Cloud infrastructure is useless without applications running atop, providing business services and solving customer needs. So, as applications ascend to the throne as the rightful king of cloud, focus sharpens on their support within OpenStack-based Cisco Intercloud. With this focus, let’s walk through a survey of components and projects supporting applications in OpenStack, understanding what a day in the life of an application in OpenStack is like. We’ll start with an overview of the application ecosystem comprised of a number of supporting projects. In the ecosystem overview below, relevant OpenStack projects are presented in context of existing, similar technologies with which you may be familiar. These similar technologies both under and overlap functionality of the respective OpenStack project, but are shown to hasten your general understanding of which bucket these projects fall into by way of tech you may already know (so, add a pinch of salt when considering relevancy of suggested affiliated technologies).
Application Ecosystem by Project
Like individual lines in a product family, projects within OpenStack engulf and extend one another for related, but distinct purposes and target use cases. OpenStack developers are cautious to apply DRY principles in their approach to project design, integrating functionality rather than reinventing the wheel as they go. The Project Focus and Relationship diagram both figuratively and literally places project relationships into round bubbles, identifying conceptual starting points for the genesis of an application as well as the reuse of some projects by others.
- Application Blueprint Designer – Merlin
- RavelloSystems, UrbanCode, CliQr, Prime Service Catalog*…
- Application Lifecycle Management PaaS – Solum
- Similar technologies (ALM) – Atlassian Suite, HP ALM, Cloudpipes, Serena…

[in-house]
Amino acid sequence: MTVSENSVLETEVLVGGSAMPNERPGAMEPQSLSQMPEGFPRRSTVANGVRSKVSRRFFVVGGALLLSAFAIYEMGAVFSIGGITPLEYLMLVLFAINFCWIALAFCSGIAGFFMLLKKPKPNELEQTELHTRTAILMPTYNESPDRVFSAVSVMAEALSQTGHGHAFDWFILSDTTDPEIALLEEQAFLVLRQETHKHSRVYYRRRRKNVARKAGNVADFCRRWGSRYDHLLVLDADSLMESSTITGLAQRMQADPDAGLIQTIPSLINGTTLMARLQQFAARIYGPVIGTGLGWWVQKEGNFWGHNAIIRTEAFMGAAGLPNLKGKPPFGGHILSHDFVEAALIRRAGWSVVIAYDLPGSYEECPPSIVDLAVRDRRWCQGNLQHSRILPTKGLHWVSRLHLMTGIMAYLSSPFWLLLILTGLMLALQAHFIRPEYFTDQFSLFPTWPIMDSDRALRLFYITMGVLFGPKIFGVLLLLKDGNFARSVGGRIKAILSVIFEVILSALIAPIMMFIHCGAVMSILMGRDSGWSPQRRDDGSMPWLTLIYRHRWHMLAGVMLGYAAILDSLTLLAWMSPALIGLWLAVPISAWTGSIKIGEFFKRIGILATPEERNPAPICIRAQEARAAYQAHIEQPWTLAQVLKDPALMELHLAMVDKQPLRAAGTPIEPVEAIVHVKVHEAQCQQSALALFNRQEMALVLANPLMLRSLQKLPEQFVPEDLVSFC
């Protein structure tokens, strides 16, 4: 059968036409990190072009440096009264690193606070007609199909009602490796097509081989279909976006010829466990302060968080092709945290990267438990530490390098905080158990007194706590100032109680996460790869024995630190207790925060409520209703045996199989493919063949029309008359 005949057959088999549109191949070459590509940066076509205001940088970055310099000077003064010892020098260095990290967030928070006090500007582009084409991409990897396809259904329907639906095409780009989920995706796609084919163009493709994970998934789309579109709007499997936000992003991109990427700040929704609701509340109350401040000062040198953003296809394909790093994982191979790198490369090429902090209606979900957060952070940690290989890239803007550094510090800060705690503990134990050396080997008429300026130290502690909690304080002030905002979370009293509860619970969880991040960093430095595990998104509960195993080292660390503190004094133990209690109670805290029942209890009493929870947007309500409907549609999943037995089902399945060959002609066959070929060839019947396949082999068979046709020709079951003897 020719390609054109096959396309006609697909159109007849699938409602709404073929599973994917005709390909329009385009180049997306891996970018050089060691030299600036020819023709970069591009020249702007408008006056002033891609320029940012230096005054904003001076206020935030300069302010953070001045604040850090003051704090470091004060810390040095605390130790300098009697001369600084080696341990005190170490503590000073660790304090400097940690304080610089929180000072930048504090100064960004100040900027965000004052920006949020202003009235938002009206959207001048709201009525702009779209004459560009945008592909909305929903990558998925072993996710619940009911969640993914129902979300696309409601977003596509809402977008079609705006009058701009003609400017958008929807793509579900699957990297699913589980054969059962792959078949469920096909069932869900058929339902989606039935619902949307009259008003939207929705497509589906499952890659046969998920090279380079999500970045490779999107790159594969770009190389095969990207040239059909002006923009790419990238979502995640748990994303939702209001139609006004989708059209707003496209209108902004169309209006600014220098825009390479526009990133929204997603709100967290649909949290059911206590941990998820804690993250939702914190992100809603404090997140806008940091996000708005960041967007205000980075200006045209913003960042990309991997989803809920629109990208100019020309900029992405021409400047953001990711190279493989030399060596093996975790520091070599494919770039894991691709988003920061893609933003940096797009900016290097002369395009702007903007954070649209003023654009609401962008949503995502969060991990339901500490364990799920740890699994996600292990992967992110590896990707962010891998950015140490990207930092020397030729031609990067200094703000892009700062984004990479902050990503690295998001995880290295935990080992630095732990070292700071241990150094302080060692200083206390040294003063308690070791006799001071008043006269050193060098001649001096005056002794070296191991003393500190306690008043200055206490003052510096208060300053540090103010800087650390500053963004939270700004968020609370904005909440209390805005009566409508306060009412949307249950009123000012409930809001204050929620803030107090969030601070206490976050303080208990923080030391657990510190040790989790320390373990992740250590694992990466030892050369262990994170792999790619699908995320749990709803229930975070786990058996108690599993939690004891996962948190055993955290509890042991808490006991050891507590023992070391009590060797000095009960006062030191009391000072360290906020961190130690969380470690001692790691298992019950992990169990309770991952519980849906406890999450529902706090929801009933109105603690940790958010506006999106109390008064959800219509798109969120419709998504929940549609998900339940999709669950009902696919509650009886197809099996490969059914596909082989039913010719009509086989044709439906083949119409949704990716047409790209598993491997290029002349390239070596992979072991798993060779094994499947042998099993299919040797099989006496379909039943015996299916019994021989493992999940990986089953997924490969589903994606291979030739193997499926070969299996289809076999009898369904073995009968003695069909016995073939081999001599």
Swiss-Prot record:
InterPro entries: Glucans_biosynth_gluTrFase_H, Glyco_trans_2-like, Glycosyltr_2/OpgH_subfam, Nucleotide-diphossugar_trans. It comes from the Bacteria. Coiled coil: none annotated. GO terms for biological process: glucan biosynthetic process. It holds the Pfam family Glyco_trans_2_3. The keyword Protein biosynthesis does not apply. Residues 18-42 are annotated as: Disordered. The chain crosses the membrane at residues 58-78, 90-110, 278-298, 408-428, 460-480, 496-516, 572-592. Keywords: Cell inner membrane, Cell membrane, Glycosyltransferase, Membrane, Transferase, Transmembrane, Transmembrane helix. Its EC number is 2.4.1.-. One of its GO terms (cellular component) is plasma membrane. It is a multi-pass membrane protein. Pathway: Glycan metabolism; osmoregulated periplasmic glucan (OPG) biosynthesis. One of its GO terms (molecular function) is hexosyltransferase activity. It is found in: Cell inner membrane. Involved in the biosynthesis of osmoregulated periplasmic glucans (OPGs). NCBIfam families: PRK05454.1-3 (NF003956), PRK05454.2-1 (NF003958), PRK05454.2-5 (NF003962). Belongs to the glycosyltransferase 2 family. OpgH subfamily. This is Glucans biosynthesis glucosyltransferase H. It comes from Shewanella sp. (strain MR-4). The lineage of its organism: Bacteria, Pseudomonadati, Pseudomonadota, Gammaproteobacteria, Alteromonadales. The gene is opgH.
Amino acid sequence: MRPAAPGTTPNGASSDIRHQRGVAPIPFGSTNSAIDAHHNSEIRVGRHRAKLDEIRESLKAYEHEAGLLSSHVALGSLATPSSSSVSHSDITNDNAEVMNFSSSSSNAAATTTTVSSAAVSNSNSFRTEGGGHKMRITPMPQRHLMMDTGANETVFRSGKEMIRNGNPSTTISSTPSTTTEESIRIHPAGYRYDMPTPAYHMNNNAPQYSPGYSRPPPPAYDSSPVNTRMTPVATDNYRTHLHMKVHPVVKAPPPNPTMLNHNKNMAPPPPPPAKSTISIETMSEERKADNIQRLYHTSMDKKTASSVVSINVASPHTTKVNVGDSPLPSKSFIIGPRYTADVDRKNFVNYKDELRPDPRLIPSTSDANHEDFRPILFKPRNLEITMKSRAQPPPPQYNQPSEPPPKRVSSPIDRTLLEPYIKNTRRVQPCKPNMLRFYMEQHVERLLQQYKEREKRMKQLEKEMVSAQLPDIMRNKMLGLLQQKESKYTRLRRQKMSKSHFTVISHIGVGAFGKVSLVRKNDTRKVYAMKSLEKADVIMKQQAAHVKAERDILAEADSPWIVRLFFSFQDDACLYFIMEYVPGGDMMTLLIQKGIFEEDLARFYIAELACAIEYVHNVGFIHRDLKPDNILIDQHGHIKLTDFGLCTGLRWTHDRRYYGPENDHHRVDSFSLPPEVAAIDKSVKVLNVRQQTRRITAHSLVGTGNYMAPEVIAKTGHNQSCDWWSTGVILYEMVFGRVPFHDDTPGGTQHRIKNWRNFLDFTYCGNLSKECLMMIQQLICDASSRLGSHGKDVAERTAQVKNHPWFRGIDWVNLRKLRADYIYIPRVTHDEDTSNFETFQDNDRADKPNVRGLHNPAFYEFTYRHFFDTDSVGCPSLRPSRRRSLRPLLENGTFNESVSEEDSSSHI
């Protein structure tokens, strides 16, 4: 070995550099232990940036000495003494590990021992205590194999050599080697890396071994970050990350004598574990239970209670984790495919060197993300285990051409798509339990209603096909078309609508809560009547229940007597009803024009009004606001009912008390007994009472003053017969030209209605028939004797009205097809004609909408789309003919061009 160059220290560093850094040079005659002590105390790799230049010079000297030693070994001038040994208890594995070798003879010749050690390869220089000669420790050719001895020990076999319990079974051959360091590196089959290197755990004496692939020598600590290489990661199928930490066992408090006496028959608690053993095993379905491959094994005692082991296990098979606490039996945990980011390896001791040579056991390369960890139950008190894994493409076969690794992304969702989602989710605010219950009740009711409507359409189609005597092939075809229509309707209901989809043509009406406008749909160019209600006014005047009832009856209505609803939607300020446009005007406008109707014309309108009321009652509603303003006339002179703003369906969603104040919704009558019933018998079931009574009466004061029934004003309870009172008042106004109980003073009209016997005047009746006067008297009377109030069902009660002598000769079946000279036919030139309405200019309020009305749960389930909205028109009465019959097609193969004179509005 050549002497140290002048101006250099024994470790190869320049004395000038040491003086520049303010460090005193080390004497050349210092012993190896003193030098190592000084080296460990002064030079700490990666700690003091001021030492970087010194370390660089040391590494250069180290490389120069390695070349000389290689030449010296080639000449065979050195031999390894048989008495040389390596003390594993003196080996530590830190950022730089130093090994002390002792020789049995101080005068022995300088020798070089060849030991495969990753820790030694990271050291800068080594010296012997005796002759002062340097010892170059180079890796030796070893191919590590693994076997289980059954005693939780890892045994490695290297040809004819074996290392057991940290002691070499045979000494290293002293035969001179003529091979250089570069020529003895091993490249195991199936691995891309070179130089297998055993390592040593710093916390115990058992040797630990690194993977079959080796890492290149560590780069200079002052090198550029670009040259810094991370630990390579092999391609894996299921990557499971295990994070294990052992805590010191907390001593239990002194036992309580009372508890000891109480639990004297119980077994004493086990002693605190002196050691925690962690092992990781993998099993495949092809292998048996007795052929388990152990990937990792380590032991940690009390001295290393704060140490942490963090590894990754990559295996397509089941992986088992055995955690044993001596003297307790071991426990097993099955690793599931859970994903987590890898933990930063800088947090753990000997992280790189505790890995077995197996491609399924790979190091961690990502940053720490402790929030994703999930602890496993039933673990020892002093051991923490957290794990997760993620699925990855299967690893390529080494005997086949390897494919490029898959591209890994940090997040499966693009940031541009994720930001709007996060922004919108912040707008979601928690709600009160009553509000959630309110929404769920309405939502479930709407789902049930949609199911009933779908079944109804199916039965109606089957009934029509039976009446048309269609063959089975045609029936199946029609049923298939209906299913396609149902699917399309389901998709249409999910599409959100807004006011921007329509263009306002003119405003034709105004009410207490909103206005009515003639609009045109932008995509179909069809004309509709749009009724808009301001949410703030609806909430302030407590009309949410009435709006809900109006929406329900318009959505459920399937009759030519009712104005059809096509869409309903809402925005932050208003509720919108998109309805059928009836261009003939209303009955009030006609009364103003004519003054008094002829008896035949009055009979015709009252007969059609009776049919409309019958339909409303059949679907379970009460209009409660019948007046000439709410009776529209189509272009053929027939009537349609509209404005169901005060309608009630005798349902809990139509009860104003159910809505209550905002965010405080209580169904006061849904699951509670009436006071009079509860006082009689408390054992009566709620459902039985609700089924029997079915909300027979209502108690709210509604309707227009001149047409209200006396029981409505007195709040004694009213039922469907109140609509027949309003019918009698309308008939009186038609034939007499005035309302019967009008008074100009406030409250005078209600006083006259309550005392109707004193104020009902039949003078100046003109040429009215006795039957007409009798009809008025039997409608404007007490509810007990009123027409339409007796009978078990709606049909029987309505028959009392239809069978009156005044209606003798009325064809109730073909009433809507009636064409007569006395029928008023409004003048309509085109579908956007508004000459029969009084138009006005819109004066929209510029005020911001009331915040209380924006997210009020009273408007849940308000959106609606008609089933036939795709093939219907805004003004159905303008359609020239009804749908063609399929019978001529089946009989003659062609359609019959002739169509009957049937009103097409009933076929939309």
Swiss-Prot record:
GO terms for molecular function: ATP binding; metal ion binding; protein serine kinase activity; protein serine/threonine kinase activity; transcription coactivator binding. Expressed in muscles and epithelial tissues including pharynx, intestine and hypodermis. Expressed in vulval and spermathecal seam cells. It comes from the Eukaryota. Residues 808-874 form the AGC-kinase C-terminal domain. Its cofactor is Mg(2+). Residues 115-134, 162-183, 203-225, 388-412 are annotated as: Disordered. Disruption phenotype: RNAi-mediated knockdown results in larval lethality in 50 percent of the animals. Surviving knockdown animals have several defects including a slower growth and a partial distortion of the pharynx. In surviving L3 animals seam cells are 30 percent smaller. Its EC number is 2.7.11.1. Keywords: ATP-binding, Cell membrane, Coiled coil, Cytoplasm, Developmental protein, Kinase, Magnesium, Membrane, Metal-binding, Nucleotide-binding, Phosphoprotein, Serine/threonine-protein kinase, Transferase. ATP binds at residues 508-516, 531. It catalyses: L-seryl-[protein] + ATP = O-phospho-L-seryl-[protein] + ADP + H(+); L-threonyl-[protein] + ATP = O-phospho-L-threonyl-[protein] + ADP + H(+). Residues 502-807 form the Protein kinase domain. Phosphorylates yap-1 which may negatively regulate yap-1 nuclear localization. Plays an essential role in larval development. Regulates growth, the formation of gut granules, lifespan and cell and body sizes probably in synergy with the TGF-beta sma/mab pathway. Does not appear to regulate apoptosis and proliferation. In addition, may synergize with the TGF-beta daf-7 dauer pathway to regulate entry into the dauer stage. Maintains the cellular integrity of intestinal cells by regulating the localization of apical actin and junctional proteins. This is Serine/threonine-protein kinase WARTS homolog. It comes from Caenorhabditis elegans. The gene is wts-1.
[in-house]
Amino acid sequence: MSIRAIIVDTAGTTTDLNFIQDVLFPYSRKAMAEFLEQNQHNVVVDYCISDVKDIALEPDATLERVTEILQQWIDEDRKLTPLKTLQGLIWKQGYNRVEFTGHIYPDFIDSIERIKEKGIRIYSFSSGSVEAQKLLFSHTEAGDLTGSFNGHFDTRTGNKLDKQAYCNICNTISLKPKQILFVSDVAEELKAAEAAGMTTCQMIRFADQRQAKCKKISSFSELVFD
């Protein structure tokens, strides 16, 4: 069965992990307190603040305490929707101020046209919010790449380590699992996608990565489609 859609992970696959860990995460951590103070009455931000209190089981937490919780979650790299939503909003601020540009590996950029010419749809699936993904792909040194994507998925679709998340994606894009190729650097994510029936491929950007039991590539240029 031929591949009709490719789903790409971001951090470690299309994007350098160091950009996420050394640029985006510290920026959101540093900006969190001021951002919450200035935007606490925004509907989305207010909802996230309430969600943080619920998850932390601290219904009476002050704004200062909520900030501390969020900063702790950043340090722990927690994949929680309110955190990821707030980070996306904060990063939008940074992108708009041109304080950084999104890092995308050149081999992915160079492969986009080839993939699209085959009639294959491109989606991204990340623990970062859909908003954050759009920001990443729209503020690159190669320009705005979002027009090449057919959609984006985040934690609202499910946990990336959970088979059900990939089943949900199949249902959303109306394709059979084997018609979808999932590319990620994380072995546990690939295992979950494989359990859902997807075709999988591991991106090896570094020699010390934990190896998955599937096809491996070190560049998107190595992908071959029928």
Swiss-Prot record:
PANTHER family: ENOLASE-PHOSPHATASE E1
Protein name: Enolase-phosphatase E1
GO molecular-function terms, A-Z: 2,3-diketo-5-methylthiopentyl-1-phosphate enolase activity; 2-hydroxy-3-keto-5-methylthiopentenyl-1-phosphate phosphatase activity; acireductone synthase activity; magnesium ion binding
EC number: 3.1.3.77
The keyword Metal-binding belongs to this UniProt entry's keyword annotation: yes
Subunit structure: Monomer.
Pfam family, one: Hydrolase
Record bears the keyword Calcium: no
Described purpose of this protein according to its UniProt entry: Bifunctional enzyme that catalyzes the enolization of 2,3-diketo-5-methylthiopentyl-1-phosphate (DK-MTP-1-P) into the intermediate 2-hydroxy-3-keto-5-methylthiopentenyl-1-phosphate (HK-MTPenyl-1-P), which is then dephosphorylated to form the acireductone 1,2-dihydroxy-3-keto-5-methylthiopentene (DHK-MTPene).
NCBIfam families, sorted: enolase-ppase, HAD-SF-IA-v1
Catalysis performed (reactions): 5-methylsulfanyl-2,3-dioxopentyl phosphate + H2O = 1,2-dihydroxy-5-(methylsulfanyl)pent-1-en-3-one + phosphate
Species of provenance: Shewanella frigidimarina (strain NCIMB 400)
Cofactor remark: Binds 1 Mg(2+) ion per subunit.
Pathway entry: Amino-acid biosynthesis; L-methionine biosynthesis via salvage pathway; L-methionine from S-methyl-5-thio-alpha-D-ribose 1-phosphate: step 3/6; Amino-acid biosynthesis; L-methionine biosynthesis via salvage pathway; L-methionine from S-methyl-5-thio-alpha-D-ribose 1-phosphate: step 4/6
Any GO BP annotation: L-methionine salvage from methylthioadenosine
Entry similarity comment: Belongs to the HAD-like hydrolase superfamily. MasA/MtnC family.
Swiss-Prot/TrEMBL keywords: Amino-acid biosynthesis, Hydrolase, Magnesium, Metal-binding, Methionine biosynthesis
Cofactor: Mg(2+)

- Similar technologies (PaaS) – Openshift, Cloud Foundry, BlueMix, AppScale, Heroku, App Engine…
- Application Catalog – Murano
- Similar technologies – AppStack, CliQr, ITApp, AppDirect…
- Application Stack Provisioning – Heat, Magnum
- Similar technologies – AWS Elastic Beanstalk, Kubernetes, GearD, Warden, Fleet, MaestroNG, CliQr, Nirmata…
- Application Containers – Docker
- Similar technologies – OpenVZ, Linux V-Server, FreeBSD jails, AIX Workload Partitions and Solaris Containers
- Application Configuration Management – Puppet, Chef
- Similar technologies – Heat, Salt, Ansible, Satori*…
A Day in the Life of an OpenStack-Native Application
The Application Lifecycle Flows diagram defines different entrance points by which applications are birthed and the flow between different OpenStack projects within their lifecycle.
Users may design applications with Merlin, develop applications with Solum, order applications with Murano, deploy applications and resources with Heat and manage applications with Puppet/other configuration managers.
Given that applications are varied in nature both in terms of their type and complexity, let’s take a moment to review their possible shapes and sizes. With regard to types of applications, some are image-based and some are container-based while others are offered simply as a SaaS subscription (implying that a singular instance of this application may serve multiple tenants). Applications may be cloud-native (designed to be scaled out, highly distributed, service-oriented) or enterprise-architected (designed to be scaled up, designed with layers and functional domains). Application complexity ranges from single component (image or container) to multiple component, multiple environment, multiple OpenStack deployments to OpenStack and other systems. Applications may be comprised of multiple components (e.g. MySQL, PHP, Apache) or a singular components (MySQL). Application components may be distributed or contained within a given container, VM or cloud. With these possibilities in mind, let’s begin our survey of their support with the OpenStack-native application catalog – Murano in the next post in this series.
This article originally appeared on Lee Calcote’s blog.
*denotes forthcoming capability
I look forward to the next post as this attempt to align the various app creation considerations to the various technology components is extreamly valuable and rare to see. We are increasingly encountering these conversations an most of us coming from an infra background are not eductaed enough in this space to manage these with credibility.
Great start Lee!
Michael, it’s those conversations that you’re encountering that truly make the considerations above worthwhile and relevant. Keep the input and feedback coming!
Excellent Post Lee – would welcome the chance to demonstrate this to my customer base with alignment of the Cisco solutions offered. Thanks
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